Slow Recovery Of Construction, Mfg. Sectors Hurting Wage Growth

In December 2015, there were still 2.5 million fewer workers in construction and manufacturing than at the start of the Great Recession, accounting for more than three-fourths (77.3 percent) of total job losses since December 2007.

In this Friday, Sept. 18, 2015, photo, a worker carries a roll of sub flooring to be installed in a school bus on an assembly line at Blue Bird Corporation's manufacturing facility, in Fort Valley, Ga. The Institute for Supply Management, a trade group of purchasing managers, issues its index of manufacturing activity for December, on Monday, Jan. 4, 2016. (AP Photo/David Goldman)
In this Friday, Sept. 18, 2015, photo, a worker carries a roll of sub flooring to be installed in a school bus on an assembly line at Blue Bird Corporation's manufacturing facility, in Fort Valley, Ga. The Institute for Supply Management, a trade group of purchasing managers, issues its index of manufacturing activity for December, on Monday, Jan. 4, 2016. (AP Photo/David Goldman)

The economy has added nearly 5 million jobs in the private sector since the Great Recession began in December 2007, but construction and manufacturing—two key sectors that provide good jobs and high wages, particularly for workers without 4-year college degrees—continue to lag behind the recovery. In December 2015, there were still 2.5 million fewer workers in construction and manufacturing than at the start of the Great Recession, accounting for more than three-fourths (77.3 percent) of total job losses since December 2007.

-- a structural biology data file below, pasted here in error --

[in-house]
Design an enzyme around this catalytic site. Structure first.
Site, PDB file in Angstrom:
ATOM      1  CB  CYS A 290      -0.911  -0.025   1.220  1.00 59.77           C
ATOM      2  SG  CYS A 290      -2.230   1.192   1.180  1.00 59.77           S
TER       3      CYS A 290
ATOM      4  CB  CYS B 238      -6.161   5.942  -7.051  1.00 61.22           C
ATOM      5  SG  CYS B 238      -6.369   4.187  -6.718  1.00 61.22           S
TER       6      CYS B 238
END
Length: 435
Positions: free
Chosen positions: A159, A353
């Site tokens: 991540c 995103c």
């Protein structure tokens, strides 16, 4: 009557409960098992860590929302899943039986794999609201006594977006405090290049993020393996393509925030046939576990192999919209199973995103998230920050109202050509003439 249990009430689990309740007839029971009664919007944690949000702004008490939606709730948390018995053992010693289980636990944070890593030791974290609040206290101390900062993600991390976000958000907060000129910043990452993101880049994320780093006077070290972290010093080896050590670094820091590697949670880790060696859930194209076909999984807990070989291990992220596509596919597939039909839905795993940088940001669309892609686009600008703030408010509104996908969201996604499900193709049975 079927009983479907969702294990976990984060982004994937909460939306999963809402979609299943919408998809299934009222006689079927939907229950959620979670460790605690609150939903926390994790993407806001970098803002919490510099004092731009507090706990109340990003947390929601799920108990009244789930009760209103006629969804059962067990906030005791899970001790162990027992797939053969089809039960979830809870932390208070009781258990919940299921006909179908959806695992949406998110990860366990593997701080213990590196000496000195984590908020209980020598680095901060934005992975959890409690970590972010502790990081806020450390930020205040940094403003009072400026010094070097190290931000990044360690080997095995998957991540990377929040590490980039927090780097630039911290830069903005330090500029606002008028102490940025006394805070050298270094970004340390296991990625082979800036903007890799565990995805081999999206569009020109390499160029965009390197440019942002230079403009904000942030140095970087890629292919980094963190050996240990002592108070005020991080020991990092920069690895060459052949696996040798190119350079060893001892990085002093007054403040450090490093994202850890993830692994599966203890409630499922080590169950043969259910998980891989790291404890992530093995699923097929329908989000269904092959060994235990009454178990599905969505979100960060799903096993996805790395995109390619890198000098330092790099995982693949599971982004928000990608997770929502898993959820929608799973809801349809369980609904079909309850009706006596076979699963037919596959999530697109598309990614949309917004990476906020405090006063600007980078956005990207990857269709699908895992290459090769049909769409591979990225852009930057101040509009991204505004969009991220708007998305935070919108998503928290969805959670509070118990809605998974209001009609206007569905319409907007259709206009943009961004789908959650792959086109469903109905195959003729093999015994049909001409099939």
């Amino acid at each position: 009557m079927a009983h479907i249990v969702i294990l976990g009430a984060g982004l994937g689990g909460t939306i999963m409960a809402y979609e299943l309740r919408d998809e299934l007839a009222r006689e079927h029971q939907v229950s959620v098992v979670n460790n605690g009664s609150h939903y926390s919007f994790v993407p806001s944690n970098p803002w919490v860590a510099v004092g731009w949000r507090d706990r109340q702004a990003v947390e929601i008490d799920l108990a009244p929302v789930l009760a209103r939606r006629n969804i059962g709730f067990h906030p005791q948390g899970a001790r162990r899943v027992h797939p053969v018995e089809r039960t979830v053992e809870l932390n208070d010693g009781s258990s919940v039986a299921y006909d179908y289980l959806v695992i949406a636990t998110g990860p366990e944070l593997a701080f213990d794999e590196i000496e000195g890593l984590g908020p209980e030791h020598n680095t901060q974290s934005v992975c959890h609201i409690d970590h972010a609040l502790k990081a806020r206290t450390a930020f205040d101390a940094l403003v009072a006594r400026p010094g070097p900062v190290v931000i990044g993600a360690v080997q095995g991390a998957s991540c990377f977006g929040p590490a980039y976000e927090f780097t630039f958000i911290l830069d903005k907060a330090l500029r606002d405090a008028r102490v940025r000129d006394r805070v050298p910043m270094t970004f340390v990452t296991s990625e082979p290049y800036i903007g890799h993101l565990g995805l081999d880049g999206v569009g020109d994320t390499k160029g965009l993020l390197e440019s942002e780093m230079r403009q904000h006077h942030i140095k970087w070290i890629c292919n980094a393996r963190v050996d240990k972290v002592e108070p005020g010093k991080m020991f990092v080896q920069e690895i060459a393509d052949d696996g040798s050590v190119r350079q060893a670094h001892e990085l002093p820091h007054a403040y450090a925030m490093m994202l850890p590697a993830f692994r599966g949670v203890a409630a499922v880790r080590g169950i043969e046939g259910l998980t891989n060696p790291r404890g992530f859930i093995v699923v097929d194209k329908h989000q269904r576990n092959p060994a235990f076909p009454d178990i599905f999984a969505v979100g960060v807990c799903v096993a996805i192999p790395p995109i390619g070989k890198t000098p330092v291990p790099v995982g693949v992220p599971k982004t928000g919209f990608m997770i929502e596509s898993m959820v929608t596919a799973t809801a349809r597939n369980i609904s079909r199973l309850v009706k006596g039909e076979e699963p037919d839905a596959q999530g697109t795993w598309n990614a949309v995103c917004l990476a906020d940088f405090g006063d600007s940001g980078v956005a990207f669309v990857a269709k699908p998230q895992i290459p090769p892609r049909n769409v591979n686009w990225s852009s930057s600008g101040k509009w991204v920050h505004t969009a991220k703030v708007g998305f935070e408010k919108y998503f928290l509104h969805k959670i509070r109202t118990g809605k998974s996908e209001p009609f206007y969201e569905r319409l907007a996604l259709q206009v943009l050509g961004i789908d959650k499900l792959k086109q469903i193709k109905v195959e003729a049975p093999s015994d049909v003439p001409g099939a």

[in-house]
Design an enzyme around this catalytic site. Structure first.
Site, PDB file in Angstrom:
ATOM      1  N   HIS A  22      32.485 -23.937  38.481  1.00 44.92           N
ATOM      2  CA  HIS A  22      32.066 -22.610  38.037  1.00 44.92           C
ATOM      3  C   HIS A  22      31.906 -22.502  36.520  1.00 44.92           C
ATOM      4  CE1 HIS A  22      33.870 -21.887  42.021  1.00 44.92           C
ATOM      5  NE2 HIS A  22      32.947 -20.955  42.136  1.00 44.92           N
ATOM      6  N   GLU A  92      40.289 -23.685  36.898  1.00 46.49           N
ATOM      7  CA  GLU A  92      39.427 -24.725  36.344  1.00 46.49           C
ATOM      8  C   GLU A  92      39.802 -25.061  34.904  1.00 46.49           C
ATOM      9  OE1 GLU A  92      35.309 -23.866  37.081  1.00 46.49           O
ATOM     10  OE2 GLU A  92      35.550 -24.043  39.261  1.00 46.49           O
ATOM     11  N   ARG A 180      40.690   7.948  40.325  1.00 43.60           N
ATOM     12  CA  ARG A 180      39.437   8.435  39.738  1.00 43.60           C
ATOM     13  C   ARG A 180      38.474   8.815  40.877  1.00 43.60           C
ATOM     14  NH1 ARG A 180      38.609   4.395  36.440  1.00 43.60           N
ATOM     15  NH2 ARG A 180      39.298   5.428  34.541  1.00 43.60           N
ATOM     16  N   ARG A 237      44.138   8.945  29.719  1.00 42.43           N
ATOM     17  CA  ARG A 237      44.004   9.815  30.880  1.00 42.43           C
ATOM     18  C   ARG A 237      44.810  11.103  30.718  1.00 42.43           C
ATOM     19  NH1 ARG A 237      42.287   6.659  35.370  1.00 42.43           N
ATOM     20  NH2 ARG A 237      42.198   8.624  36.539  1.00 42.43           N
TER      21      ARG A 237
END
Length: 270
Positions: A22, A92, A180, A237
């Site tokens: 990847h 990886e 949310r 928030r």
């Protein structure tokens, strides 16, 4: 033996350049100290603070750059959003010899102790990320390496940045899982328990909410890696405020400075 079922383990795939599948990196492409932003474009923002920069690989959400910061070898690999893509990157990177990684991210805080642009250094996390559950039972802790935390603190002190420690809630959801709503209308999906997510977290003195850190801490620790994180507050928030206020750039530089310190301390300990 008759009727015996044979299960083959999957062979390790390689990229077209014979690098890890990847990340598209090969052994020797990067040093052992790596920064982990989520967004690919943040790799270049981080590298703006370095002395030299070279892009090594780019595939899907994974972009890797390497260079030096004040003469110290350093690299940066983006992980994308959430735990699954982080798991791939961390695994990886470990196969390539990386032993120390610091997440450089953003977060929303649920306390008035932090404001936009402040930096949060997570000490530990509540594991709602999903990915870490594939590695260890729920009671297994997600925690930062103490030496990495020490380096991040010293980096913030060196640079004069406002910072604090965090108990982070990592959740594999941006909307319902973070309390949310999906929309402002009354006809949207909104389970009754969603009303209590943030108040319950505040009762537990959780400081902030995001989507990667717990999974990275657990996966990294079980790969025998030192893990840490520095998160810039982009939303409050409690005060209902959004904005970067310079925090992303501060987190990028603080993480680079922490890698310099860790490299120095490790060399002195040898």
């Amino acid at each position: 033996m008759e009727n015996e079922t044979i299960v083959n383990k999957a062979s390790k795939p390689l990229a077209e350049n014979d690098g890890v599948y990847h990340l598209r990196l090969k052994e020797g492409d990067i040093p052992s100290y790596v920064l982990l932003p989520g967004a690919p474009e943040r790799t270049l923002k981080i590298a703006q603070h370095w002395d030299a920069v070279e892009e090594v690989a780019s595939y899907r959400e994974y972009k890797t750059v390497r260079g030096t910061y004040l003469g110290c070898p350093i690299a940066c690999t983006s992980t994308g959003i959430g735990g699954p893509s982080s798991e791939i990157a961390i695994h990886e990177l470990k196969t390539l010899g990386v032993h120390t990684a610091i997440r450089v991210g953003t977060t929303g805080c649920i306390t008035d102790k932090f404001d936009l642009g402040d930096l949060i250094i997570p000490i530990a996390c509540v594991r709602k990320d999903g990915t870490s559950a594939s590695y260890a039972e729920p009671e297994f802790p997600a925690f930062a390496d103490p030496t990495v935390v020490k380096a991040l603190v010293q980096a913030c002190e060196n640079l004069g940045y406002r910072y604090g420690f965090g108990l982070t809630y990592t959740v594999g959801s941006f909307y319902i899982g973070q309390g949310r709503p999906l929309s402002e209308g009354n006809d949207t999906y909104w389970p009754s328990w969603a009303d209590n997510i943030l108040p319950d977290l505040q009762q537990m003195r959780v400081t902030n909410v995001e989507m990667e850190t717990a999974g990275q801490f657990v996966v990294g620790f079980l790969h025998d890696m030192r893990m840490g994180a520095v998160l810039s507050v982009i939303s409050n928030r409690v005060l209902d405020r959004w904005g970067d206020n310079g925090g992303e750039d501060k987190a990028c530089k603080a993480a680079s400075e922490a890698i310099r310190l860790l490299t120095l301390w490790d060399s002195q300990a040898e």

Industries that have gained jobs since the beginning of the recession pay substantially less than construction and manufacturing industries. Hourly pay in job-gaining industries is $23.80 on average, versus $28.01 in construction and $28.71 in manufacturing. Total compensation (which includes both wages and all benefits) in job-gaining industries is $29.28, while compensation in construction and manufacturing is $36.87 and $37.24, respectively.

While the trend of wage stagnation is long standing and broad based, boosting job growth in industries that traditionally provide strong wages for the bottom 70 percent of working people would help a lot. For example, investments in infrastructure and policy action to stem rising trade deficits would do much to help the overall economy and restore jobs to two well-paying sectors that badly need them.

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